Telepathy and the subliminal self: an account of recent investigations regarding hypnotism, automatism, dreams, phantasms, and related. : Telepathy and the Subliminal Self: An Account of Recent Investigations Regarding Hypnotism, Automatism, Dreams, Phantasms and Related. Buy the Telepathy And The Subliminal Self online from Takealot. Many ways to pay. Free Delivery Available. Non-Returnable. We offer fast, reliable delivery to.
|Published:||18 April 2014|
|PDF File Size:||26.21 Mb|
|ePub File Size:||45.99 Mb|
In the meantime, while the irreclaimably superstitious and credulous on the one hand, and the unco-scientific and conservative on the other, equally without knowledge and equally without reason, have gone on believing and disbelieving, a large number of people—intelligent, inquiring, quickwitted, and reasonable, some scientific and some unscientific—have come to think seriously regarding unusual occurrences and phenomena, either witnessed or experienced by themselves or related by others, and whose reality they could not doubt, although their relations to ordinary conditions of life were mysterious and occult.
In the investigation of these subjects some new and unfamiliar terms telepathy and the subliminal self come into more or less common use. Unfortunately, these questions telepathy and the subliminal self more easily asked than answered, and well-informed persons, and even those considered experts in the subject, would doubtless give different and perhaps opposing answers to them.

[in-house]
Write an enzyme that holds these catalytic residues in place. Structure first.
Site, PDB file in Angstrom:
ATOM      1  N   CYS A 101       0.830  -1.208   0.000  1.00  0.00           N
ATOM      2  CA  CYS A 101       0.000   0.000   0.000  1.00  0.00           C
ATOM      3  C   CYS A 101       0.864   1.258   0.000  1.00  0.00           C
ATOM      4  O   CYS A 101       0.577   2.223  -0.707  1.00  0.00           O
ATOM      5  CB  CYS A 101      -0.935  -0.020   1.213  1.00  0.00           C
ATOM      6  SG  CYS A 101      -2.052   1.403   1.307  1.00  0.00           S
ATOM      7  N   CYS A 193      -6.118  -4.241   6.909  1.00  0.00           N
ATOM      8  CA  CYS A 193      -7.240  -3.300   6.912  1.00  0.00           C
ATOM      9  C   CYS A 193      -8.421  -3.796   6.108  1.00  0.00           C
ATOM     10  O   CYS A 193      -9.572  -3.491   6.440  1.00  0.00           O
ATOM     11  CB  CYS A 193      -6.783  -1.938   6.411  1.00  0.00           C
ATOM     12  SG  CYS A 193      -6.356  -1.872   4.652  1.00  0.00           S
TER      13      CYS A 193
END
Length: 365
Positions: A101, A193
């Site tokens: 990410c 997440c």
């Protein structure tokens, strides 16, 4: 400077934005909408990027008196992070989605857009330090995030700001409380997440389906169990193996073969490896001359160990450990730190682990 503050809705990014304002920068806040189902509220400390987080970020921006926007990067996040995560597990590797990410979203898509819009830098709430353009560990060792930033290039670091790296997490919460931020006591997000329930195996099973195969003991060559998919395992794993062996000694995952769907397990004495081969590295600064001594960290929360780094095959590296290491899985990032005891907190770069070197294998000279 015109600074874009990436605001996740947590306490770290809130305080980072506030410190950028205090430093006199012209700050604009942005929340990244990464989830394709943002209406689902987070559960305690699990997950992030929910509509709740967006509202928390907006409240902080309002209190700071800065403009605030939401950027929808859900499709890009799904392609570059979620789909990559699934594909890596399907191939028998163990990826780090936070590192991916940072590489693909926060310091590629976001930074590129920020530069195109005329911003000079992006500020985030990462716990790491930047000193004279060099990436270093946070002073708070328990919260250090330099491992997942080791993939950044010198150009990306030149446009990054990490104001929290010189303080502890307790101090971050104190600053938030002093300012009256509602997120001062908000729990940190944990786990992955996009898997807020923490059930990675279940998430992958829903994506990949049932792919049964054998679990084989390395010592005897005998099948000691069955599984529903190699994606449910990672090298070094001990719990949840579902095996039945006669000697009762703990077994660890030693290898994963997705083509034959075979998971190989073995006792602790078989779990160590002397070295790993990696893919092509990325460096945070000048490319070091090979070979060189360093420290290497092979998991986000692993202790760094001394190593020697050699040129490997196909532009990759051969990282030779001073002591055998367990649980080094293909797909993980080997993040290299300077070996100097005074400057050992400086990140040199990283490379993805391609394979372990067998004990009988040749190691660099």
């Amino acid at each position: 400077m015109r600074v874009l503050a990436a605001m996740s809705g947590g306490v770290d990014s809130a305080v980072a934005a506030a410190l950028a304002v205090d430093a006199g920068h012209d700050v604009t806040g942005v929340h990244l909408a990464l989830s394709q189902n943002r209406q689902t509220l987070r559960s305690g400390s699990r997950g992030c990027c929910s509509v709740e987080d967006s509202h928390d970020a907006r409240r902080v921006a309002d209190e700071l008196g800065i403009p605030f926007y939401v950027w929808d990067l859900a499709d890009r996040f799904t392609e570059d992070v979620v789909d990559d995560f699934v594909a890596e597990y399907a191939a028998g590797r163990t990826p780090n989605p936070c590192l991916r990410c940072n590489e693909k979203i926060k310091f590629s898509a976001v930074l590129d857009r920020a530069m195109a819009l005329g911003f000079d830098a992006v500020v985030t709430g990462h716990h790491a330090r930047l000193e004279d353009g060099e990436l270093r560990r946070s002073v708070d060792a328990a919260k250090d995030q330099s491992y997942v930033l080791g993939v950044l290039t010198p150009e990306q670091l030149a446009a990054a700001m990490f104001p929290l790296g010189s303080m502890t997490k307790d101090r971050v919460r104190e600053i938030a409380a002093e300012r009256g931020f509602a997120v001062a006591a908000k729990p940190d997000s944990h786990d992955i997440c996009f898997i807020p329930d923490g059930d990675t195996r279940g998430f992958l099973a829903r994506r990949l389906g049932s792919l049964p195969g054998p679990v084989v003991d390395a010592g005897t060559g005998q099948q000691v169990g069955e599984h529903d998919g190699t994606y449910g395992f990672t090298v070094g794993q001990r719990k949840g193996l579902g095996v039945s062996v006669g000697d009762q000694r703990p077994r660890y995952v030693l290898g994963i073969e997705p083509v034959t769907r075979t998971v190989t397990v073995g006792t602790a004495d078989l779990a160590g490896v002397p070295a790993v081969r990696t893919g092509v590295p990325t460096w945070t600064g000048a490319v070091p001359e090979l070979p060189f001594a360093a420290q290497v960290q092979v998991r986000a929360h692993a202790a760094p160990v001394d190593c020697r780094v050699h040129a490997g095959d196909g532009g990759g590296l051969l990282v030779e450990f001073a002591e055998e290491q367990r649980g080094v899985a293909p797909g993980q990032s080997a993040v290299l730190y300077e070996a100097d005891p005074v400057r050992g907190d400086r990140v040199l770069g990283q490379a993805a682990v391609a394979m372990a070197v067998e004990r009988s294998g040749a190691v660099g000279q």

A short historical sketch may help in forming an opinion.
The Egyptians telepathy and the subliminal self Assyrians had their magi, the Greeks and Romans their oracles, the Hebrews their seers and prophets, every great religion its inspired teachers, and every savage nation had, under some name, its seer or medicine-man. Osgood Mason First Page: To whatever conclusions it may lead us, there is no mistaking the fact that now more than ever before is the public interested in matters relating to the "New Psychology.
The newspaper, the magazine, and the novel vie with each other in their efforts to excite interest and attract attention by the display of these strange incidents, presented sometimes with intelligence and taste, but oftener with a culpable disregard of both taste and truth.
The general reader is not yet critical regarding these matters, but he is at least interested, and desires to know what can be relied upon as established truth amongst these various reports.